The Thin Red Line Movie Review
Unlike other war movies, The Thin Red Line looks deeper into war than just survival and patriotism. Based on the novel by James Jones, it looks at the soldiers' emotions as they become more and more introduced to the horrors of war. Taking place in Guadalcanal in the Pacific, The Thin Red Line is set as far away from Saving Private Ryan as it can be, both in setting and nature.
The Thin Red Line is an artsy war movie. Saving Private Ryan, the rival war movie of 1998, was an exceptional movie but shallow in terms of character. The Thin Red Line actually shows the emotions, feelings, and thoughts of the soldiers, whether by surreal flashbacks or statements directly to the camera. Furthermore, Terrence Malick included the scenery, the wildlife, the native tribes, and even the rival Japanese into his and Jones' world of The Thin Red Line, leaving nothing to be purely background. In Saving Private Ryan, like most other European-based WW2 films, the Germans are depicted as empty figures without souls. In The Thin Red Line, the enemy, the Japanese, are no less human than the American soldiers. The movie depicts the emotions of the Japanese as they face the death of friends and their pride.
Out of all of the characters, Nick Nolte probably deserves the most recognition. His character is the only one that seemed to receive several long scenes where he could truly put power into his words, and he did so with great talent. Sean Penn also gets some of the scenes and matches Nolte. With the rest of the cast, however, characters came and went, and others, who probably should be considered the stars of the movie, get plenty of on screen time but not as many strongly emotional dialogues. There were so many characters it's hard to keep up with them, and I don't know who the hell is who. The only strange part was the coming and going of characters. Nick Nolte was there for most of the movie, and suddenly, he ceased to be in the movie (no, he didn't die). John Cusack appeared out of the blue in the middle of the movie, became the star for a little while, and then vanished. George Clooney shows up near the end, gets a single scene, and then is never heard from again. It was weird.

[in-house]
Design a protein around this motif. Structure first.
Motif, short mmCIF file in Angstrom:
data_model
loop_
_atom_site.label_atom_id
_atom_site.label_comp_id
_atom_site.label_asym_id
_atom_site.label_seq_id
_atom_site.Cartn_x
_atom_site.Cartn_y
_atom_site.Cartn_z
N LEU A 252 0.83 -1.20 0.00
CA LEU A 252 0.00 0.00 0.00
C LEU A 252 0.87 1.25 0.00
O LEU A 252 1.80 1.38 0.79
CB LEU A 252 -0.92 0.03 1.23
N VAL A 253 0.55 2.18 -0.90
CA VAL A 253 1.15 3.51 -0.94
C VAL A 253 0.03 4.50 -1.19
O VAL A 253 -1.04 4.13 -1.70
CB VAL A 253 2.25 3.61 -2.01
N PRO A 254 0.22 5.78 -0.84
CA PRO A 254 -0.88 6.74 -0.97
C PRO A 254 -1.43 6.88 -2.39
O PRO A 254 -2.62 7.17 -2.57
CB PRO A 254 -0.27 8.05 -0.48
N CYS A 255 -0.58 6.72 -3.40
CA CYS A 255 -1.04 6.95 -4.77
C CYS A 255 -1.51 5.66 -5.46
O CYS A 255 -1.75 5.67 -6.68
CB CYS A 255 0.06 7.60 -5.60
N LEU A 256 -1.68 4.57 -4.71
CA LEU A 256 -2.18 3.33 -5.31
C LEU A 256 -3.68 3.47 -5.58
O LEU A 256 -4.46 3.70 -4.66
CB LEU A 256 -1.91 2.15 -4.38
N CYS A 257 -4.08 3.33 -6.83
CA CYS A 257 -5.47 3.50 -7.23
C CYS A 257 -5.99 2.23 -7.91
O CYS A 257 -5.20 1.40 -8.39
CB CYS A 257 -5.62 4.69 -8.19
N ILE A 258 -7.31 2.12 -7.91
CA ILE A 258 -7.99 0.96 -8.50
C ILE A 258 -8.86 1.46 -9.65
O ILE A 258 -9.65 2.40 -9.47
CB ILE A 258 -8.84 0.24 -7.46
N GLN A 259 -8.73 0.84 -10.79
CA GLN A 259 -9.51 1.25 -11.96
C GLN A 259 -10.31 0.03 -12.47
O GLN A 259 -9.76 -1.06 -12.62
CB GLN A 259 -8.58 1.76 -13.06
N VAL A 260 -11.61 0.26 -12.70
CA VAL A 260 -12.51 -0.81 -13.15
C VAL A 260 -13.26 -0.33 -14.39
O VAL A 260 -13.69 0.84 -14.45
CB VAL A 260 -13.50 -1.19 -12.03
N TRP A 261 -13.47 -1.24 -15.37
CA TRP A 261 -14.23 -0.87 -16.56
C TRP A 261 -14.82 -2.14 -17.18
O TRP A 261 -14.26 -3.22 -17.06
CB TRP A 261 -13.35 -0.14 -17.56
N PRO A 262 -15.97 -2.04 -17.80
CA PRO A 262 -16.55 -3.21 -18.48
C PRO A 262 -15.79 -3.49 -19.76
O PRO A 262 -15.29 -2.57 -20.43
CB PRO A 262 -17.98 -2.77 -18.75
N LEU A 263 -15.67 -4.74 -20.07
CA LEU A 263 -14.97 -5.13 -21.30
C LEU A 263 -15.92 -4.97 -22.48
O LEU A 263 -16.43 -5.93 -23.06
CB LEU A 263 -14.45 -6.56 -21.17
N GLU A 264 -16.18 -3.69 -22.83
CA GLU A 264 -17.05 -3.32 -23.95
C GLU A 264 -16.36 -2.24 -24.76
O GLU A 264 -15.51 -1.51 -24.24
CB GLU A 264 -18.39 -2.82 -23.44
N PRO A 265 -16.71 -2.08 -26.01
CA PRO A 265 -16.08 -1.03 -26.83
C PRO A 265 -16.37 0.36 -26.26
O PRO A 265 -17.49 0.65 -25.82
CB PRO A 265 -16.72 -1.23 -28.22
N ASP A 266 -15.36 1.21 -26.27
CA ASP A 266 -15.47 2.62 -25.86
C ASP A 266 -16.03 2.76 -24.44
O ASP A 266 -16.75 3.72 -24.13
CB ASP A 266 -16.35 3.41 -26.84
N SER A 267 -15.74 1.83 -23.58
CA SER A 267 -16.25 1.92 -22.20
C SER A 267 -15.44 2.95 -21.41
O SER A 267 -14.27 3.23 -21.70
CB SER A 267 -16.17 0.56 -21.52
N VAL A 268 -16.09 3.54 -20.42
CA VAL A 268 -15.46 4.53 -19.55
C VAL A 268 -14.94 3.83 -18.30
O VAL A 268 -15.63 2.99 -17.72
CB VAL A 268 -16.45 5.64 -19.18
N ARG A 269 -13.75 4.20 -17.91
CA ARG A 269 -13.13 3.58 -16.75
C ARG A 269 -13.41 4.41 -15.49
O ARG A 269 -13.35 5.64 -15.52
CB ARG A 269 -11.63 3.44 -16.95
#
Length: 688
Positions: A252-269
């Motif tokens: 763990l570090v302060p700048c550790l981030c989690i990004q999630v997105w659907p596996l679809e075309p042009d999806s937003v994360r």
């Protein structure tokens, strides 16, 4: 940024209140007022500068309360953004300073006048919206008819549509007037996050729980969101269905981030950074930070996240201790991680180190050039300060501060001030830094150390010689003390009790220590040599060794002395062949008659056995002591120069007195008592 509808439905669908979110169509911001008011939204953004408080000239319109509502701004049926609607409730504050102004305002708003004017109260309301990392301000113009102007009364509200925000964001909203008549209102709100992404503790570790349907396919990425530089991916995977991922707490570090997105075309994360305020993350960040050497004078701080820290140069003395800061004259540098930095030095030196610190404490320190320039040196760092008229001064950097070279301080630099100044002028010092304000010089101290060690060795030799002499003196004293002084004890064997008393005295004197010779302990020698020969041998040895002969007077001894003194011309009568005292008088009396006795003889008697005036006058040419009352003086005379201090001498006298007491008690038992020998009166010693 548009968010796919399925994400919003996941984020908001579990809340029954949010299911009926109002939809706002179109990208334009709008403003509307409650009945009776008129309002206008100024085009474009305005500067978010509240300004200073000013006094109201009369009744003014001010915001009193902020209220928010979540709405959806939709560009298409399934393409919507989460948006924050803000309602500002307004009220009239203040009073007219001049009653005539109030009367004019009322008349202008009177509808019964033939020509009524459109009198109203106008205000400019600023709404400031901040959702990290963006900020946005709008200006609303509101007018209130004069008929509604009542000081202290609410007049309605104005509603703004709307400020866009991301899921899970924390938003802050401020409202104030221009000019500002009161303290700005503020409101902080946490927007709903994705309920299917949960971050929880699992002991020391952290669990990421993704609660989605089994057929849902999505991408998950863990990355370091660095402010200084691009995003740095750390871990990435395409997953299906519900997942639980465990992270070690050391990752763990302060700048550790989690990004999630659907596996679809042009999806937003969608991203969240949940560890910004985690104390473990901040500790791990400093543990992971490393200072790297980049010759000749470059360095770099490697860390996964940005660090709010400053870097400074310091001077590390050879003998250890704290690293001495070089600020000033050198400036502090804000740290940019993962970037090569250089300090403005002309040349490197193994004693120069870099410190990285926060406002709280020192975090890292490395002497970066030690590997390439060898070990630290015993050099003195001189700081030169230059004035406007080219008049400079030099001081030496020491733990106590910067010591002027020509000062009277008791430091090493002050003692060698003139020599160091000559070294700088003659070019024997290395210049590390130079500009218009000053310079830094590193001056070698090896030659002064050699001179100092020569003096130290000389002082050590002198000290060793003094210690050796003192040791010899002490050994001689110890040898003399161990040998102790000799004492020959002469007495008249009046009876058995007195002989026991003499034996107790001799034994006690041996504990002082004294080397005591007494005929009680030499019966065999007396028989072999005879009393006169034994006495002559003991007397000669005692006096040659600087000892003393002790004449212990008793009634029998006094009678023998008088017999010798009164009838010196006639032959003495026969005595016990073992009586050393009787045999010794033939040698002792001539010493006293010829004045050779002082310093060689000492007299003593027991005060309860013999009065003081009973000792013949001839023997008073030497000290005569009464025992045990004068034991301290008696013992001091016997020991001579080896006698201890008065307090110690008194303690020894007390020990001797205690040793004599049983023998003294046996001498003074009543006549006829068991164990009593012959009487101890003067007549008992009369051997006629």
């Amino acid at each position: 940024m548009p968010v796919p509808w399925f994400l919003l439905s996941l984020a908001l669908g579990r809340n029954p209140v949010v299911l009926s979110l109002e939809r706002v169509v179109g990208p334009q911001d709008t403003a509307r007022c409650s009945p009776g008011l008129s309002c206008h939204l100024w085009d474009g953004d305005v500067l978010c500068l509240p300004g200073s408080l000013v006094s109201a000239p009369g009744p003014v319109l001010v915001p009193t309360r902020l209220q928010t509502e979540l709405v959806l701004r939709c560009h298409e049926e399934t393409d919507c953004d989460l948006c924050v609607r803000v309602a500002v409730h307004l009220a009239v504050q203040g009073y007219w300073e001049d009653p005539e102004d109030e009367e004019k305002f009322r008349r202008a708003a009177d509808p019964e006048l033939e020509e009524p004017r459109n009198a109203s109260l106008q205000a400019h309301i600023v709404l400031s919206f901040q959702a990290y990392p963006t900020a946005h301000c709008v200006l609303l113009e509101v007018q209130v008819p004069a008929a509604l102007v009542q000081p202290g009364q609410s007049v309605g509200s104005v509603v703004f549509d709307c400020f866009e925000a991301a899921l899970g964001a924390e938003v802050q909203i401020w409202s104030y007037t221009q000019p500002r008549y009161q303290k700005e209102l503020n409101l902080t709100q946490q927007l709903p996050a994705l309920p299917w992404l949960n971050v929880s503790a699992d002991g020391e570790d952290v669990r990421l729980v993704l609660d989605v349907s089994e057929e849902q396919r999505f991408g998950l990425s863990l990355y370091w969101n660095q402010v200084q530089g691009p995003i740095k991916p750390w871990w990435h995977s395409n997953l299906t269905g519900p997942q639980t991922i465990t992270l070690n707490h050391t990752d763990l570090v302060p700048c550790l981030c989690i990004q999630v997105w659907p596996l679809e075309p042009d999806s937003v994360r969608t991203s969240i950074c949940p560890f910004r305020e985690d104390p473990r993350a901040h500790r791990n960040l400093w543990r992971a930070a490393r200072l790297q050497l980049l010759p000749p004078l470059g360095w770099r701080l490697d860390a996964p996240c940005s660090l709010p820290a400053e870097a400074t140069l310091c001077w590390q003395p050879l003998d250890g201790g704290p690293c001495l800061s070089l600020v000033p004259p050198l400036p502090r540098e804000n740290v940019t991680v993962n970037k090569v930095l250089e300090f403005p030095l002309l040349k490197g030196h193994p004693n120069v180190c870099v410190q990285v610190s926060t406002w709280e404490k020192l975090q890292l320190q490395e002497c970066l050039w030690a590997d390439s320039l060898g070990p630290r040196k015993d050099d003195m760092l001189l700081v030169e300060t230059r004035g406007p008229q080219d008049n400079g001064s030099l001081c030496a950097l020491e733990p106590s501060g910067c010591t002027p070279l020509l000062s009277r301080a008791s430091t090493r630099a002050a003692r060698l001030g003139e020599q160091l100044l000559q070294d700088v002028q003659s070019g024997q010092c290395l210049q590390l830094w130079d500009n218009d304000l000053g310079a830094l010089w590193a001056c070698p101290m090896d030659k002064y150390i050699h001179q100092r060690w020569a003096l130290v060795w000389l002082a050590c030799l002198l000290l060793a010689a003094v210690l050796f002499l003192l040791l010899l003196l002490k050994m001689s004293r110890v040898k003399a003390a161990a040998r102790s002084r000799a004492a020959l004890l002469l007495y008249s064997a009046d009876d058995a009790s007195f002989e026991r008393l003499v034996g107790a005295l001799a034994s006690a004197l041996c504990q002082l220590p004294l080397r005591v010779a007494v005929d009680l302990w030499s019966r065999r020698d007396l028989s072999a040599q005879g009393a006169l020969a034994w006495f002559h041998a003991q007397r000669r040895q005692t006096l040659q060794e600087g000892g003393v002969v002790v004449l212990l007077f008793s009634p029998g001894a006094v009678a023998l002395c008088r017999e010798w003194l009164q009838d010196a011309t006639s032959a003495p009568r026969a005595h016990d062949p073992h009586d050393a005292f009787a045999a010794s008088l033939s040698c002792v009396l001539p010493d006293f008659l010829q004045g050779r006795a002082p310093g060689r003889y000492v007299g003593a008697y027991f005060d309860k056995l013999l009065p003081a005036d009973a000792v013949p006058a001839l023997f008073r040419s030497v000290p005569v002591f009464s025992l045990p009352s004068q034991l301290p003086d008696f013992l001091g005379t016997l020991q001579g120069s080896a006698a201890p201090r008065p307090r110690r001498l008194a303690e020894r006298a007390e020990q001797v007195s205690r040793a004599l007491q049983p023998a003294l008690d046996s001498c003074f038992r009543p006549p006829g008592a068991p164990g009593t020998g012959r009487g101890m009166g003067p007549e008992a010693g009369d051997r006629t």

As for war action, The Thin Red Line is mixed. The first forty-five minutes were extremely slow and not one shot was fired in that time. Compared to the opening sequence in Saving Private Ryan, The Thin Red Line is dull. However, after that, The Thin Red Line falls into a steady one hour or so sequence of a battle, but it is more strategic than just nonstop shooting. The battle is no where as gruesome as Saving Private Ryan, but, of course, it's a different kind of battle. Still, even during the long battle sequence, it is cut by periods of thought and flashbacks, which adds to the originality of the film and diminishes the excitement rate. Furthermore, there was no real final scene, and the one that comes closest to a climax is not that climatic. There never was an apparent turning point at the end.
The Thin Red Line takes a drastically different approach to war movies; some will love it, others will hate. I have respect for what this movie aimed at - the psychological side of war - but one might want to look elsewhere for the purely physical war movie.
Review by Erik Samdahl unless otherwise indicated.